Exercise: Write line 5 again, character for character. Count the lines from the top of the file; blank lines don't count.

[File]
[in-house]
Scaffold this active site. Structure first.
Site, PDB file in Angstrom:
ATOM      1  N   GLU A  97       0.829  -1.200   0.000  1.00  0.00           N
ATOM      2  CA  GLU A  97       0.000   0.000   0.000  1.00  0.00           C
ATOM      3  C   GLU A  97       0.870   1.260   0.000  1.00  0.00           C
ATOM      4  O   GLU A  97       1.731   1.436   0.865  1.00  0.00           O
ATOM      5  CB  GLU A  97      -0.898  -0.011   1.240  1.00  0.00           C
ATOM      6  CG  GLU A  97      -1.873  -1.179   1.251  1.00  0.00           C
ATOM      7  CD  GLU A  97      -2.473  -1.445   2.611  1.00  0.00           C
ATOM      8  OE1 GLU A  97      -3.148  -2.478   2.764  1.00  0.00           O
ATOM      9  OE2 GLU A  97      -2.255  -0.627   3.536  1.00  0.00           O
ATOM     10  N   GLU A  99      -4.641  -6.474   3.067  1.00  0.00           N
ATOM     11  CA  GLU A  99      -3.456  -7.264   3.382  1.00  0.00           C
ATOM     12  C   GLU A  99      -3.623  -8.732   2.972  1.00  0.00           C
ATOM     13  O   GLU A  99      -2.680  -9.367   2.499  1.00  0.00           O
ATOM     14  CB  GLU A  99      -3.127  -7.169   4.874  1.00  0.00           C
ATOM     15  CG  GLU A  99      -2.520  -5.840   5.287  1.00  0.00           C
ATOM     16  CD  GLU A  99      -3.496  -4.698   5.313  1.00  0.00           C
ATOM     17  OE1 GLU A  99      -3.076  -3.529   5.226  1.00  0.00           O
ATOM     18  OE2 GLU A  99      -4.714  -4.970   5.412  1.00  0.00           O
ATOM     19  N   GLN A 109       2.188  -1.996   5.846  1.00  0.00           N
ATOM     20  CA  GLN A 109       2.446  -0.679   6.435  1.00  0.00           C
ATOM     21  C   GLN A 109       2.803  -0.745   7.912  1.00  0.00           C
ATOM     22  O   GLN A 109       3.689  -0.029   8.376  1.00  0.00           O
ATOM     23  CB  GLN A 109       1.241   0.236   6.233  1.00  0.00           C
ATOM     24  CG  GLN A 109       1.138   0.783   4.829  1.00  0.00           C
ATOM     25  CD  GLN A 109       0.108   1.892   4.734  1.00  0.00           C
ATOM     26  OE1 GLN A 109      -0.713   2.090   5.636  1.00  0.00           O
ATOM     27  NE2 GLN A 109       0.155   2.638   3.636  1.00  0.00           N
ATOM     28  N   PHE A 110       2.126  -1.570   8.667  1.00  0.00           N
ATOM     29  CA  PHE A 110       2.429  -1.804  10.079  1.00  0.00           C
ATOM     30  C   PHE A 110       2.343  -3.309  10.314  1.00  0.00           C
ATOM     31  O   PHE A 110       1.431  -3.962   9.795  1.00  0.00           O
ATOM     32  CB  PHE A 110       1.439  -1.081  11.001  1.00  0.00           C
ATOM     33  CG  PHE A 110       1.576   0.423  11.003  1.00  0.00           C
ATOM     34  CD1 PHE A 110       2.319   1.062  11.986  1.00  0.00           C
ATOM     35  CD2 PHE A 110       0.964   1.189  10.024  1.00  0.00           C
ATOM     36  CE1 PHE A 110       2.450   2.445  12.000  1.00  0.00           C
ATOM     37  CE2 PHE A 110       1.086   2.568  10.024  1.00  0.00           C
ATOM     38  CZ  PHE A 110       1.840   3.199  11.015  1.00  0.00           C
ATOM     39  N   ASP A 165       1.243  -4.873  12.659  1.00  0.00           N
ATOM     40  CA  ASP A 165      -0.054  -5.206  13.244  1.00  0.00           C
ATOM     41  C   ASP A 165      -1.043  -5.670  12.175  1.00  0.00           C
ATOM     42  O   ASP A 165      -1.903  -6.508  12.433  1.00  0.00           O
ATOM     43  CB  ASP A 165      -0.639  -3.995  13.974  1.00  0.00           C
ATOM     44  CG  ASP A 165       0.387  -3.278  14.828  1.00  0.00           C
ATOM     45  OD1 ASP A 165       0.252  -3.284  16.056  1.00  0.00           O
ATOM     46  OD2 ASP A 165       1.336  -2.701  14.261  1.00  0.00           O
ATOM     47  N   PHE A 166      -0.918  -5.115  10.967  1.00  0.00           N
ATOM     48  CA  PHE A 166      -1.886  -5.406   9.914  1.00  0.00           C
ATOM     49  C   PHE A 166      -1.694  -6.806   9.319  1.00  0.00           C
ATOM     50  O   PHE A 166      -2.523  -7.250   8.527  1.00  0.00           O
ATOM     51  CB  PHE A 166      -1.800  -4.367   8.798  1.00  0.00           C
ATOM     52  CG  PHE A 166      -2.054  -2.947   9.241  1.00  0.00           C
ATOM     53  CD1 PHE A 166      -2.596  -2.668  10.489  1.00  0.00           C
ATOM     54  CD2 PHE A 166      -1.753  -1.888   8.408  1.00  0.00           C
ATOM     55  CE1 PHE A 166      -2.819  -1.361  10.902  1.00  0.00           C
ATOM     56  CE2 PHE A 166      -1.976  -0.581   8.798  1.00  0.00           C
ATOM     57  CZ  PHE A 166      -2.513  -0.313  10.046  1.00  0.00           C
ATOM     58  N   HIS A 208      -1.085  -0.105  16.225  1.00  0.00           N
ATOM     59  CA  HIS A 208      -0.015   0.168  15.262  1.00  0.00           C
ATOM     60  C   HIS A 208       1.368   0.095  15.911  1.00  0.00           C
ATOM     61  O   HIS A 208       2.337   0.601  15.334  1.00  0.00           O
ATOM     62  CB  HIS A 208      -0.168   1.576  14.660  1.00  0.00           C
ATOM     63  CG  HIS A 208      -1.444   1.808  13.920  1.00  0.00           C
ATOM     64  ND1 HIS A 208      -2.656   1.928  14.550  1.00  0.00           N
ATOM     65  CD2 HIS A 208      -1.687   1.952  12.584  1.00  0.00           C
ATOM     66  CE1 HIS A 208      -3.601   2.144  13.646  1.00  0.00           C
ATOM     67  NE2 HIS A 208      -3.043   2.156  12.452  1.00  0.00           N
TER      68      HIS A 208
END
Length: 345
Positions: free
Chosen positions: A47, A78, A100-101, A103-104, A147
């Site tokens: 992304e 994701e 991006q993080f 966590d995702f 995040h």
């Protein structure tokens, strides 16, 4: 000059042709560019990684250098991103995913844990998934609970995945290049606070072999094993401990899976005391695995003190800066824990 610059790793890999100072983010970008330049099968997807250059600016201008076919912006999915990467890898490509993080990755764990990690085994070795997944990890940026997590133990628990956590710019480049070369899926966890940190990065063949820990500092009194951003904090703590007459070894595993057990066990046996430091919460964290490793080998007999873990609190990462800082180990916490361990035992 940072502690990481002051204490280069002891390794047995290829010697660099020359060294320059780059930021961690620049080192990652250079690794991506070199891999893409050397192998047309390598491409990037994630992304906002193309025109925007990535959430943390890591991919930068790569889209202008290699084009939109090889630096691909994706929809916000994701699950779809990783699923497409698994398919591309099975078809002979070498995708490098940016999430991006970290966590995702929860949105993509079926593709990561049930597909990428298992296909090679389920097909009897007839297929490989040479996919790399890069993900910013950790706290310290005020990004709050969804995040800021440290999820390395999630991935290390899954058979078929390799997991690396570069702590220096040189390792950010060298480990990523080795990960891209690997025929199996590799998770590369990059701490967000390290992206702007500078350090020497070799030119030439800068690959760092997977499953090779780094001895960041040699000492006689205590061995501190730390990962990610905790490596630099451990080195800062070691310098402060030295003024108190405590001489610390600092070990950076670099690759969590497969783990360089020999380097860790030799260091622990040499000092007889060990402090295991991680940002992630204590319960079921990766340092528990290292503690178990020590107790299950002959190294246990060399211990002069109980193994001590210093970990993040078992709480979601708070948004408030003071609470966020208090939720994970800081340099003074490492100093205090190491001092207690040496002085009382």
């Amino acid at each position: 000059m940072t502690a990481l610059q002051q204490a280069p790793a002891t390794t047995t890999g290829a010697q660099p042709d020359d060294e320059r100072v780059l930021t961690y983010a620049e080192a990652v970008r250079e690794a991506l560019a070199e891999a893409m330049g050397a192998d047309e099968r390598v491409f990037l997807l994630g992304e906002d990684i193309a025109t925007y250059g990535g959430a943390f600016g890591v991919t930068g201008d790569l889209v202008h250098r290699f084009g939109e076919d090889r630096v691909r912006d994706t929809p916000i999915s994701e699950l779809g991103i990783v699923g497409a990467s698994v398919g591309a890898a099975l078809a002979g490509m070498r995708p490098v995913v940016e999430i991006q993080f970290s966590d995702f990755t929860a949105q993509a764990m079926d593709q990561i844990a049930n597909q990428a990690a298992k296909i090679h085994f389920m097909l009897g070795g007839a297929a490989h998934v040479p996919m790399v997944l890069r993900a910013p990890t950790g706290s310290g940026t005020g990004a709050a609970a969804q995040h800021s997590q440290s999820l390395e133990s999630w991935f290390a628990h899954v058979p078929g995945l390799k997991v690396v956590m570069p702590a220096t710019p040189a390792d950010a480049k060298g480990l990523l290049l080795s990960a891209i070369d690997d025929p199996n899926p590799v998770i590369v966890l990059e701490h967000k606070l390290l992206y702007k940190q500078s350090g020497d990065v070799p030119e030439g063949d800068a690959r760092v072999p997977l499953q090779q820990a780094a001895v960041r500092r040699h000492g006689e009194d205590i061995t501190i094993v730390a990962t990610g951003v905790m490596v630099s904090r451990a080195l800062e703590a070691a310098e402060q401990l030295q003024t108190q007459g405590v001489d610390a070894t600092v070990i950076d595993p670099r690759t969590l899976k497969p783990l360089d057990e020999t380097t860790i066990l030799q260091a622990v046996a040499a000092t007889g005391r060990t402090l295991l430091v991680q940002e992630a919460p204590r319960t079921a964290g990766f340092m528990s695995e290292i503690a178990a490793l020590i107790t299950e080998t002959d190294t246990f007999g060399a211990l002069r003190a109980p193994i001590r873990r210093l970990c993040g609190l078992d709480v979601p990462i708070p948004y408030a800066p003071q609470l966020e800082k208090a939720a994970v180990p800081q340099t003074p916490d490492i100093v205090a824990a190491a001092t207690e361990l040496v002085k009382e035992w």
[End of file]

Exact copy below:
ATOM      2  CA  GLU A  97       0.000   0.000   0.000  1.00  0.00           C